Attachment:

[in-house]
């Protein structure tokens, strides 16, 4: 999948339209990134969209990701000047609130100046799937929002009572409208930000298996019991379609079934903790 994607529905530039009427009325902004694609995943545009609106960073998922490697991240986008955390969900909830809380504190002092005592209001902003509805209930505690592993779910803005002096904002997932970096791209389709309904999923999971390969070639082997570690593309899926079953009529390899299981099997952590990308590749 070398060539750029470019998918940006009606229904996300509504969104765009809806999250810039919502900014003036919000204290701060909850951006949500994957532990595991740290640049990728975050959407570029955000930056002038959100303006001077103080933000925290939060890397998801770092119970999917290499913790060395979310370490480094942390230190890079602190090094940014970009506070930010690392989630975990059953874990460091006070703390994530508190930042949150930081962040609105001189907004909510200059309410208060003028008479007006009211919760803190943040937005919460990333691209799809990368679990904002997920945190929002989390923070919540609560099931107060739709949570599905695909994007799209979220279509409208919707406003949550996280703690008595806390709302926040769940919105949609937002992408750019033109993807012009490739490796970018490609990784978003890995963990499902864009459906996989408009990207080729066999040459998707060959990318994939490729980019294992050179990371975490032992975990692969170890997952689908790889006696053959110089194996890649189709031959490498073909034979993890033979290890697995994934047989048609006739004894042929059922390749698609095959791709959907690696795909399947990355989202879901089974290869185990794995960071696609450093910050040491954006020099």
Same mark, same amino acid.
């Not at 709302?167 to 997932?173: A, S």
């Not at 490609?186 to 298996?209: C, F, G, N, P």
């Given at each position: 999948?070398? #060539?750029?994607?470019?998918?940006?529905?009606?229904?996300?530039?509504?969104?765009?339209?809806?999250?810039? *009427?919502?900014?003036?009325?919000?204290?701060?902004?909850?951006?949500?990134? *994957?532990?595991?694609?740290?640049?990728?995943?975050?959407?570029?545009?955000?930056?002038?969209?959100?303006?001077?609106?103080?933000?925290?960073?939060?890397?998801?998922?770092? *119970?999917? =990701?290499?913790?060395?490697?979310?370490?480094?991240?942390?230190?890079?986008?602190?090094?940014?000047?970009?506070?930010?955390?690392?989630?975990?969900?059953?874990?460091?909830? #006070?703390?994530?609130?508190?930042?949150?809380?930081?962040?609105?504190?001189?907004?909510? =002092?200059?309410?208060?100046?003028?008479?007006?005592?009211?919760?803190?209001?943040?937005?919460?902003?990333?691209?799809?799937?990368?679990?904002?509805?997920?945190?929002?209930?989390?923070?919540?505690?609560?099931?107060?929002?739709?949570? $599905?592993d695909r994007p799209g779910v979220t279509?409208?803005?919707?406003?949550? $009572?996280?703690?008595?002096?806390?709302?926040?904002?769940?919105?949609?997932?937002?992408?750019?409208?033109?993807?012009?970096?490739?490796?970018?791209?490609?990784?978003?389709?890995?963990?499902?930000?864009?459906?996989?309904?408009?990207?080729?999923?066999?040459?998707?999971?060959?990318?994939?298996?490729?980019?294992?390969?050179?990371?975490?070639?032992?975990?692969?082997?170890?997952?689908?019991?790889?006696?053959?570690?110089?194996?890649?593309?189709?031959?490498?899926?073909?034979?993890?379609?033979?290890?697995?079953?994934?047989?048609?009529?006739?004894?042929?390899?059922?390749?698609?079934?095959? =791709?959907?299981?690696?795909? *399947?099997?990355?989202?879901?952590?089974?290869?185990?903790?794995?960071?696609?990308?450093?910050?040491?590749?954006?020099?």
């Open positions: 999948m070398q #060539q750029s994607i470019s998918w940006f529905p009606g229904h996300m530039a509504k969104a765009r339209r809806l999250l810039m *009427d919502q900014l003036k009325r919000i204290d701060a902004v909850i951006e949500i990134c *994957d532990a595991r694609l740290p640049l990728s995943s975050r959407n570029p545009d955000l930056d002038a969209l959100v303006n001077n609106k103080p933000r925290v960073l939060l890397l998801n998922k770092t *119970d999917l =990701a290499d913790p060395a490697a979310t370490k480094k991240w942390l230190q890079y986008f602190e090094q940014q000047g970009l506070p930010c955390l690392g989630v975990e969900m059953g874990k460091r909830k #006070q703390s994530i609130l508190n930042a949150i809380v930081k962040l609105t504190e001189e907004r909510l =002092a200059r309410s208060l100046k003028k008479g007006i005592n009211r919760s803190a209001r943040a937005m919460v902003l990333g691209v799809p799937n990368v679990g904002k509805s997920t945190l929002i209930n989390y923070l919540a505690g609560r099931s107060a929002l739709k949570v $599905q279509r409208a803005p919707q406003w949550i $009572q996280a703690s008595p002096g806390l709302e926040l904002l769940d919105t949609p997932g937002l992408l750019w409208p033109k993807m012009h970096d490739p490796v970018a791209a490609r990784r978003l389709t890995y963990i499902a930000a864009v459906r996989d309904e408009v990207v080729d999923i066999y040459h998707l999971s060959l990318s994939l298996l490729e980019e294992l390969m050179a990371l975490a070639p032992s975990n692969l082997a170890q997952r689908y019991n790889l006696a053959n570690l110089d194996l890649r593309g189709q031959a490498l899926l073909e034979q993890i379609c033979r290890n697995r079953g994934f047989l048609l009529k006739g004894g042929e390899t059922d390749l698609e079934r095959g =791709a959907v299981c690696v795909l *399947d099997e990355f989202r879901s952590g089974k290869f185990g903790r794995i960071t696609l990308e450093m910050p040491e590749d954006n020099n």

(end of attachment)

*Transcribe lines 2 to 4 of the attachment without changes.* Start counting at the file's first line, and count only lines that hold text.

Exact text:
């Protein structure tokens, strides 16, 4: 999948339209990134969209990701000047609130100046799937929002009572409208930000298996019991379609079934903790 994607529905530039009427009325902004694609995943545009609106960073998922490697991240986008955390969900909830809380504190002092005592209001902003509805209930505690592993779910803005002096904002997932970096791209389709309904999923999971390969070639082997570690593309899926079953009529390899299981099997952590990308590749 070398060539750029470019998918940006009606229904996300509504969104765009809806999250810039919502900014003036919000204290701060909850951006949500994957532990595991740290640049990728975050959407570029955000930056002038959100303006001077103080933000925290939060890397998801770092119970999917290499913790060395979310370490480094942390230190890079602190090094940014970009506070930010690392989630975990059953874990460091006070703390994530508190930042949150930081962040609105001189907004909510200059309410208060003028008479007006009211919760803190943040937005919460990333691209799809990368679990904002997920945190929002989390923070919540609560099931107060739709949570599905695909994007799209979220279509409208919707406003949550996280703690008595806390709302926040769940919105949609937002992408750019033109993807012009490739490796970018490609990784978003890995963990499902864009459906996989408009990207080729066999040459998707060959990318994939490729980019294992050179990371975490032992975990692969170890997952689908790889006696053959110089194996890649189709031959490498073909034979993890033979290890697995994934047989048609006739004894042929059922390749698609095959791709959907690696795909399947990355989202879901089974290869185990794995960071696609450093910050040491954006020099």
Same mark, same amino acid.
């Not at 709302?167 to 997932?173: A, S």